It’s the last morning of TLC, but I’m not going to be there because of flight commitments (and I’m sulking about getting beaten by Amanda in Innovation last night). As last time, it’s been such a rich experience that I want to start working through the many points I’ve built up already now.

However, the first thing is to echo Chad’s point that is has been immensely gratifying to meet so many people who read this blog. I’ll admit, it’s a bit (i.e. a lot) creepy to have someone you’ve never met before turn around, their eyes widen and then whisper “it’s susherwood!” in a general air of disbelief – but it’s also really cool.

From my perspective, as the old world anchor of the ALPS group, I don’t get to interact in the same way with them (or you, our global audience notwithstanding) and so most of my contribution comes from the little conversations in my head. To have time and space to talk to a room full of people is amazingly helpful for me.

It’s also just so good to know that people read the stuff we do, because we simply don’t get a sense of that otherwise (well, I don’t, at least). Several people have said to me and the others how useful and/or stimulating some of our posts have been and that’s great, but also a bit frustrating, because I know I would like to be in on those conversations you have. The reason is simply that even with the work we’ve done, we’re still learning too and it’s in the interactions that we can advance our practice.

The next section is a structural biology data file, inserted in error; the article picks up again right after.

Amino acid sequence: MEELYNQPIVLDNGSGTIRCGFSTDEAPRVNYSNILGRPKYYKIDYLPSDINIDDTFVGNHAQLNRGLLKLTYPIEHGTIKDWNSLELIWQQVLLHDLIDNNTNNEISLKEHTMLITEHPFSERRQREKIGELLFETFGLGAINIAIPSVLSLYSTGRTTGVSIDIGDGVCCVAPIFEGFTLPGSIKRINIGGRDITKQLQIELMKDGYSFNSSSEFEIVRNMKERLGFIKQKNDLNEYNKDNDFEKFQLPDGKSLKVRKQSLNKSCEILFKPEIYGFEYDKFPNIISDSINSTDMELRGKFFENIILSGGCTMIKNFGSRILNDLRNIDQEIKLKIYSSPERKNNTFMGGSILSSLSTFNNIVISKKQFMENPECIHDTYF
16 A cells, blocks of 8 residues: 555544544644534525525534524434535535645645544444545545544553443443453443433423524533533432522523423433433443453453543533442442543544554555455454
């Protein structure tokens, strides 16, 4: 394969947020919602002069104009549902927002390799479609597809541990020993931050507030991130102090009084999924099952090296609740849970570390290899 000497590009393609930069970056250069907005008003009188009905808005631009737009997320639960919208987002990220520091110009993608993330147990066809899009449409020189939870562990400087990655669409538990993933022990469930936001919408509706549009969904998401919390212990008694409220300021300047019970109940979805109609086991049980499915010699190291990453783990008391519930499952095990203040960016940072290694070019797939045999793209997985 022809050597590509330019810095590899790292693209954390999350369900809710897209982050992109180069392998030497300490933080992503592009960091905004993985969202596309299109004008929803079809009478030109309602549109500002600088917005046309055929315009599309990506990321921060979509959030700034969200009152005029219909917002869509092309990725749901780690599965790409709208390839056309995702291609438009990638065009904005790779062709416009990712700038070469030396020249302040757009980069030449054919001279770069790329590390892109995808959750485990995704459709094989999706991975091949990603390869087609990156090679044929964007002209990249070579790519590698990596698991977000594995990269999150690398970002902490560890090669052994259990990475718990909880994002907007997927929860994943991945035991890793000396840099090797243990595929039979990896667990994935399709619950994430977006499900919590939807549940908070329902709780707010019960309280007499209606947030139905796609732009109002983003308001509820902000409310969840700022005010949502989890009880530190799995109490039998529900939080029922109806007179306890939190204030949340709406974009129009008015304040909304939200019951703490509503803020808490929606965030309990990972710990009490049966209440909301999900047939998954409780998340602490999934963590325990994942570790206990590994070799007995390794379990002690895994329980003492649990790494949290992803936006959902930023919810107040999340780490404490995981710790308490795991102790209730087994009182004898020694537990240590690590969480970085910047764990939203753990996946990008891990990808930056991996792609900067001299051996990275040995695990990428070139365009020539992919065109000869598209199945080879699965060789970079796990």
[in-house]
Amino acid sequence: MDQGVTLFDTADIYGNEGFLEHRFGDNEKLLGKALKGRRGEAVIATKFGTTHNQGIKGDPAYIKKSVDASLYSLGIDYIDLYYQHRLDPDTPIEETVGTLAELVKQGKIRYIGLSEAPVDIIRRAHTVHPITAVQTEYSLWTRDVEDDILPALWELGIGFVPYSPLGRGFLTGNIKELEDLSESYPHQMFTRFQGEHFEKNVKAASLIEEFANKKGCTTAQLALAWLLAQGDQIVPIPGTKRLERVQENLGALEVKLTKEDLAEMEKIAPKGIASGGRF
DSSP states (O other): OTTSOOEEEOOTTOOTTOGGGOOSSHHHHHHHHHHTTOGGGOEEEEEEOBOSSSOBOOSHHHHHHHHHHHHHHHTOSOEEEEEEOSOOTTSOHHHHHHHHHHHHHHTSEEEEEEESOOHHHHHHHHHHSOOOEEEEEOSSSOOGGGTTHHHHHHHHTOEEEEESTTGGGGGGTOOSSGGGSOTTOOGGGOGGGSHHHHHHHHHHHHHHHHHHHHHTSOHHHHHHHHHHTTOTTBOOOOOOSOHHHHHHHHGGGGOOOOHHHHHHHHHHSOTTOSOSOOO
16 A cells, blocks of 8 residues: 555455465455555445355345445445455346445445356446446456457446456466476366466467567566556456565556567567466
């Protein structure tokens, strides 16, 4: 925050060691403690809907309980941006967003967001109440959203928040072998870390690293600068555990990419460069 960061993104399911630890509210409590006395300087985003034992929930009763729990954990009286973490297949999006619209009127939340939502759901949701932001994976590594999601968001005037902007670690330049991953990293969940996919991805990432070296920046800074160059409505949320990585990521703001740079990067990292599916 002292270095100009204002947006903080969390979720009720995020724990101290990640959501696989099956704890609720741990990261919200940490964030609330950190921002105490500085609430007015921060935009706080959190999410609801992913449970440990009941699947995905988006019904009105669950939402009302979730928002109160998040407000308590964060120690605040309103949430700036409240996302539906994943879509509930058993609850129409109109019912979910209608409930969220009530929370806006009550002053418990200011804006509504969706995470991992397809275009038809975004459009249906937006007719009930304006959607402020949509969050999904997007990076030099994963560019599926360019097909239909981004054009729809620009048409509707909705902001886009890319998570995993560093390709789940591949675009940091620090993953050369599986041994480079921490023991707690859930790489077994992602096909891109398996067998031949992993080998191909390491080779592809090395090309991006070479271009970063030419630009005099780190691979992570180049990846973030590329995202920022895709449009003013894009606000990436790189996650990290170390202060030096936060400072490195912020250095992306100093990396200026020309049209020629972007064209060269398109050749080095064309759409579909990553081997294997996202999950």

A meme recently, indicating how many years this joke has been going on already

So please do comment on our posts and/or volunteer entire posts, since it can only help us all. Those of you we met will know that we don’t bite, that Chad really does have a wife, that Kim Kardashian memes don’t always travel well and that we struggle to organise a meal out together. Only you can help.

In the coming days/weeks, I hope I can build on some of the conversations and thoughts I’ve had here in Long Beach. These are going to include (you’ll note I’m doing what I did last week with building in commitments):